What Are the Bone Benefits of the Better Bones and Balance Exercise Program?
In a study, US researchers evaluated the impact of Better Bones and Balance™ (BBB)—a community-based exercise program that has been shown to reduce fall and fracture risk and bone loss in the hip in postmenopausal women in controlled laboratory settings.
Until now, researchers weren’t sure whether bone health benefits are obtained from BBB when delivered in a community setting.
To investigate this more deeply, the research team evaluated the relationship between community-based BBB participation and parameters of skeletal health in postmenopausal women.
The results of their study were published online in late October 2011in the article “The influence of participation in Better Bones and Balance™ on skeletal health: evaluation of a community-based exercise program to reduce fall and fracture risk.” It appears in Osteoporosis International.
Women (69 + 7.7 years old) were recruited from BBB classes (n=69) and compared to low active/sedentary control subjects (n=46).
Bone mineral density (BMD) of both the hip and spine was measured using DXA. Hip bone structure (cross-sectional area, cross-sectional moment of inertia) at the narrow neck and intertrochanter was obtained using hip structural analysis software.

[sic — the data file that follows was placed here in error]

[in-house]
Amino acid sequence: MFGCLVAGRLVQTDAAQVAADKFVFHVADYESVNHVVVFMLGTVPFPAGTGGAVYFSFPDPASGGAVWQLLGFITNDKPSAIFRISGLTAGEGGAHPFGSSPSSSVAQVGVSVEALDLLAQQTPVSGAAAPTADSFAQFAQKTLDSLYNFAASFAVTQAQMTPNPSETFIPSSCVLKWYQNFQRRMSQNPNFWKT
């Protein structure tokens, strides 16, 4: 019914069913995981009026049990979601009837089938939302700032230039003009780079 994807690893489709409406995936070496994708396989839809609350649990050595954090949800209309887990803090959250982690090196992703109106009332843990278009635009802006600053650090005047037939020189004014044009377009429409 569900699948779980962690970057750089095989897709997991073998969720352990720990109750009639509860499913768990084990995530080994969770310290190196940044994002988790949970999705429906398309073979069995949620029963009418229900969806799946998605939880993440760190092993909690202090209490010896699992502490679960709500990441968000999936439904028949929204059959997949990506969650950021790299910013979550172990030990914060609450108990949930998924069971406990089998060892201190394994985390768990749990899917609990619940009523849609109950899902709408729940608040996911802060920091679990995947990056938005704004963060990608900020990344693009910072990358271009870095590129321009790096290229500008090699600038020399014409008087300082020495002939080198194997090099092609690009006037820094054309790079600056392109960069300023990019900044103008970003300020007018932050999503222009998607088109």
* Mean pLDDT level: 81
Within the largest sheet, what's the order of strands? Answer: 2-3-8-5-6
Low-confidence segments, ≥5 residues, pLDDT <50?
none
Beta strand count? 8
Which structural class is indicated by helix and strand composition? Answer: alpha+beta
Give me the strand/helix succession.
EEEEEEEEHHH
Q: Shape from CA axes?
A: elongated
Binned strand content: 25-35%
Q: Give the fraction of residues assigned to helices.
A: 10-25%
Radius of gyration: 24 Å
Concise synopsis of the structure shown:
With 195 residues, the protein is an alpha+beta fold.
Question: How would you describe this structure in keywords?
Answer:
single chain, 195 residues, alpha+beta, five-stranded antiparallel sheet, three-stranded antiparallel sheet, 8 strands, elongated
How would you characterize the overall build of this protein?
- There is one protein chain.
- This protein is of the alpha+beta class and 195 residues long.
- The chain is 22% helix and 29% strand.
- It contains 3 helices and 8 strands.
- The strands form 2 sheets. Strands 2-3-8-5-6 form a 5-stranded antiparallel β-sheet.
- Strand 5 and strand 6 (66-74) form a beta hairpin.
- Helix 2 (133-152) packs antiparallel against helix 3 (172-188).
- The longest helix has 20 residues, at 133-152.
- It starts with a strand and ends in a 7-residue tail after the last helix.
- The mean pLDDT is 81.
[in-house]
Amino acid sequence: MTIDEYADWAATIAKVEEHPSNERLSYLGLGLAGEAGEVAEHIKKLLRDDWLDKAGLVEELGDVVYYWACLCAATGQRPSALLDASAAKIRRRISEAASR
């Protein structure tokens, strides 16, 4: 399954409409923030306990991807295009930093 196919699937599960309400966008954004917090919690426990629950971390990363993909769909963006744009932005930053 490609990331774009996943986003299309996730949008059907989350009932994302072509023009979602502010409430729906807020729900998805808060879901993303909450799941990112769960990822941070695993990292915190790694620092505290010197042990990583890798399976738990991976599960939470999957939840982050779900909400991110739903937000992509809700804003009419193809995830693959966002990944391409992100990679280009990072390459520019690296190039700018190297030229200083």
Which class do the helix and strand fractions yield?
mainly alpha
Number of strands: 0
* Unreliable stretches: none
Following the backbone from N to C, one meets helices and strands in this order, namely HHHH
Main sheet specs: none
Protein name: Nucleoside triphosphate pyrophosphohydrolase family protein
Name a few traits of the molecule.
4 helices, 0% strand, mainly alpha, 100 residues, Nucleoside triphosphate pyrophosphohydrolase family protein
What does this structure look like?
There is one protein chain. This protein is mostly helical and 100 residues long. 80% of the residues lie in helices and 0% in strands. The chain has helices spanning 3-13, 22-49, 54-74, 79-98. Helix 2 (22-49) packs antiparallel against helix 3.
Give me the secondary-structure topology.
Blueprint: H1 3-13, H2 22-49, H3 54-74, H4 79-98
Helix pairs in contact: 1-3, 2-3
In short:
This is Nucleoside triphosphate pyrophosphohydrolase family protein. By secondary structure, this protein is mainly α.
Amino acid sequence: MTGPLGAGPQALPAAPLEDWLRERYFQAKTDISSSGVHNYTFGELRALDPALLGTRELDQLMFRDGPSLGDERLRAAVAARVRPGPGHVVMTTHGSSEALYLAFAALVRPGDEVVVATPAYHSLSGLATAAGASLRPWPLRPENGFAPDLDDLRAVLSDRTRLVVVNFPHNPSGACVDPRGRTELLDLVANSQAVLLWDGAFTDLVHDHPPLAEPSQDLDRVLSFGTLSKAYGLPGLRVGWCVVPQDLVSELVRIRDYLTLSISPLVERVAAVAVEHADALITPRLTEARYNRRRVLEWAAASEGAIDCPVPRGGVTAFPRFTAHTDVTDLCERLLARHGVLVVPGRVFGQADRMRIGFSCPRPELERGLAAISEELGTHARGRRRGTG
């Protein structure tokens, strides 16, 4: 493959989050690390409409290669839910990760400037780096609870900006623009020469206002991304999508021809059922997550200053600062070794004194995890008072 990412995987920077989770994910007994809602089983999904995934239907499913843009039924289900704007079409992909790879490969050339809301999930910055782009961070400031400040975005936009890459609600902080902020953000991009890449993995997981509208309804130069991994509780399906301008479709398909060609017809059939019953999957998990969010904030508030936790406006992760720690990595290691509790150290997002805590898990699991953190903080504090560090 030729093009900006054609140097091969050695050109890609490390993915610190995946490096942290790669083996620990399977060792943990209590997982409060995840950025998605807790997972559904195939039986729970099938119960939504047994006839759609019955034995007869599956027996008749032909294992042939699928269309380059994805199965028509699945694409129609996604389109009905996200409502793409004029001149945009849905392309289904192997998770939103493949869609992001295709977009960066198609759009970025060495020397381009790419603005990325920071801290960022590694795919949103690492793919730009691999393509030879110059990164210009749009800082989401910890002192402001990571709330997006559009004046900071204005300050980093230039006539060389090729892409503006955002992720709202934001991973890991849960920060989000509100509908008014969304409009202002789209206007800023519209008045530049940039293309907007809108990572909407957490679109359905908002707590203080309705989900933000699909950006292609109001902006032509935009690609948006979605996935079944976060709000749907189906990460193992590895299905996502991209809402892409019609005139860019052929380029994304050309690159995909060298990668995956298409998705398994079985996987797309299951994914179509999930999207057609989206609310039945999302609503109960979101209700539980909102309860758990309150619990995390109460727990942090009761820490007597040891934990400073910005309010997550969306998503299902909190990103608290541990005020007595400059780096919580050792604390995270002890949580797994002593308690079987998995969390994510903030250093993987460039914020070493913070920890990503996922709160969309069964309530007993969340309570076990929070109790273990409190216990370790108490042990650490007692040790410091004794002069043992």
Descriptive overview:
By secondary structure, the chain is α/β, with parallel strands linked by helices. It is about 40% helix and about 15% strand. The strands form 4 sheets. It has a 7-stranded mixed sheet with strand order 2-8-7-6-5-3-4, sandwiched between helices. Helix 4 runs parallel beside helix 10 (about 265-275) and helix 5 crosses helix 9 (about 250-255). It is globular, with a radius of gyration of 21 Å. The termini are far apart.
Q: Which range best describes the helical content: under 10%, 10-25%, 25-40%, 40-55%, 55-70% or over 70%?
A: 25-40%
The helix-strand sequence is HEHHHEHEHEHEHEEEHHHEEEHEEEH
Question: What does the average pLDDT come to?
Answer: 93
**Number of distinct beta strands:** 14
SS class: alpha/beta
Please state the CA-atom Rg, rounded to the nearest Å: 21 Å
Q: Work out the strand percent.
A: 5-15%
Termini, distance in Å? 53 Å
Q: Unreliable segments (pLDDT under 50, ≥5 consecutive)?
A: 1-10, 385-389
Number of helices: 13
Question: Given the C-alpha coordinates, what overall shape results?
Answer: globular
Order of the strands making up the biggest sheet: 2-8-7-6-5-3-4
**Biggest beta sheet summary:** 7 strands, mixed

Study participants were also given questionnaires that asked about diet, physical activity, and health history.
Group differences in bone outcomes were determined using analysis of co-variance, controlling for age and body mass.
Investigators determined that although control subjects weighed more and had greater total body BMD compared to BBB participants (p<0.05), there were no differences between the 2 groups in hip or spine BMD or in bone structural outcomes (p>0.05).
This was observed even though BBB participants reported more frequent previous diagnoses of—or risk factors for—osteoporosis compared to control subjects.
In addition, the researchers found that control subjects and BBB participants had higher than average T-scores in the hip (p<0.05) when compared to an age-matched cohort from the National Health and Nutrition Examination Survey.
Researchers also found that both groups had higher than expected hip BMD, despite higher risk for osteoporosis among BBB participants.
Although these data suggest that participation in BBB may not result in direct benefits to bone health, this study indicates that long-term participation in BBB may be associated with other positive outcomes.